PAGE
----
LOS ANGELES — The City Council took the final step Jan. 24 toward placing a measure on the May election ballot that would create an all-civilian review board for police disciplinary hearings.
The deadline for the council to place any measure on the ballot was Jan. 25, and the council’s 14-0 vote ensures it will go before voters this spring.
City Council President Herb Wesson, who has led the council’s push for the measure, said before the vote that he saw merit in the views of both those in favor and opposed to it.
“I don’t know if there is a right answer or a wrong answer,” he said.
The purpose of the ballot measure, and the series of related public hearings he has promised over the next few months, is to have a conversation about race, the police and the community, Wesson said.
“In the past couple of weeks I have seen in the newspapers and on the blogs, and in meetings that I have had, more conversations about the community and the police, more conversations about that relationship, than I have seen in a while,” Wesson said. “And that’s a good thing.”
The council had a choice between two options — one that would create the all-civilian panel option for all disciplinary matters, or a second one that would only create the option for officers facing suspension of 22 days or less — and chose the first option.
The ballot measure will state that officers would be able to choose the civilian panel or one under the current system, which provides a panel of two command-level officers and one civilian to sit on the “board of rights” panels.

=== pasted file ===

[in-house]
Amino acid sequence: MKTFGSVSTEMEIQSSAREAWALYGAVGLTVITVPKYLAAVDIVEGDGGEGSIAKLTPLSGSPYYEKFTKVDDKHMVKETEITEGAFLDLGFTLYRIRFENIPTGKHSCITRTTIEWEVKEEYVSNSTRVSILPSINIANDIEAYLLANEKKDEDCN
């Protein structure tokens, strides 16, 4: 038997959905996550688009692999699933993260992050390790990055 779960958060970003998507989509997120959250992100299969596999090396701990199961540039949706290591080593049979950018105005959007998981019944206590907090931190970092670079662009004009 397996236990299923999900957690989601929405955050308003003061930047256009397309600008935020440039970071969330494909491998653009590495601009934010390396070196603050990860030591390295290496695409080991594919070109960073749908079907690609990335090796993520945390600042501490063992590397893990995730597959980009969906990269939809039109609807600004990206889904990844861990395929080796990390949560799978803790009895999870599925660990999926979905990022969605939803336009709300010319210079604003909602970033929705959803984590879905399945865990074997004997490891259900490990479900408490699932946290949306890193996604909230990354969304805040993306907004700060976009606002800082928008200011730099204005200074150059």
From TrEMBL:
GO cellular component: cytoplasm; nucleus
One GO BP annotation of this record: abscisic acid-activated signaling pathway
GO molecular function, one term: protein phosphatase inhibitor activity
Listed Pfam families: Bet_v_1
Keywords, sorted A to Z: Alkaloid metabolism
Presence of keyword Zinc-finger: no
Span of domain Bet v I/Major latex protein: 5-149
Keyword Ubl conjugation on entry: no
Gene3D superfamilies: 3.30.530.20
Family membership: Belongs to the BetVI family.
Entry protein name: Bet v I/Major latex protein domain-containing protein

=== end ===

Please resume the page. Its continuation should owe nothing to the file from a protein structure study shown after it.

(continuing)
The council continued to move forward with the measure even in the face of a staff report that found civilians serving on board of rights panels have consistently voted for lighter penalties compared to officers on the panels.
Wesson continued to express faith in a civilian panel. Many civilian examiners have a legal background, but Wesson again said he had a desire for the panels to be made up of regular citizens.
“If statistics and numbers would indicate that there is a certain degree of leniency when people, civilians, citizens are involved, then we need to change the way that we select the citizens,” Wesson said.
The Rev. Oliver Buie of Holman United Methodist Church voiced opposition to the measure.
“You have heard the outcry of the public. And I believe that before we take any steps further on such an important matter that we should bring both sides together, and that we must be as transparent as possible as we move forward,” Buie told the council. “It cannot just be an ordinance that is driven by one side.”
The Los Angeles Times Editorial Board also came out against the measure, in part because the council is placing it on the ballot while it is also asking for a series of reports and hearings on the issue between now and the May vote.
“Moving forward with a ballot measure before any of those reports and meetings, however, is a bad idea,” the Editorial Board wrote.
Los Angeles Police Chief Charlie Beck has said he is opposed to an all-civilian board of rights panel, although he supports civilian involvement. A civilian panel has the support of the police union, which contends the chief has undue influence on sworn members of the board of rights panels.
The council also approved the creation of an ad hoc committee on the civilian panels, with one purpose being to review the criteria and selection process for civilian hearing examiners.
The council additionally voted for staff to prepare a report that includes a plan to conduct community hearings on the proposed civilian panels, a review of all civilian examiners, and an examination of liability claims and payouts related to the LAPD.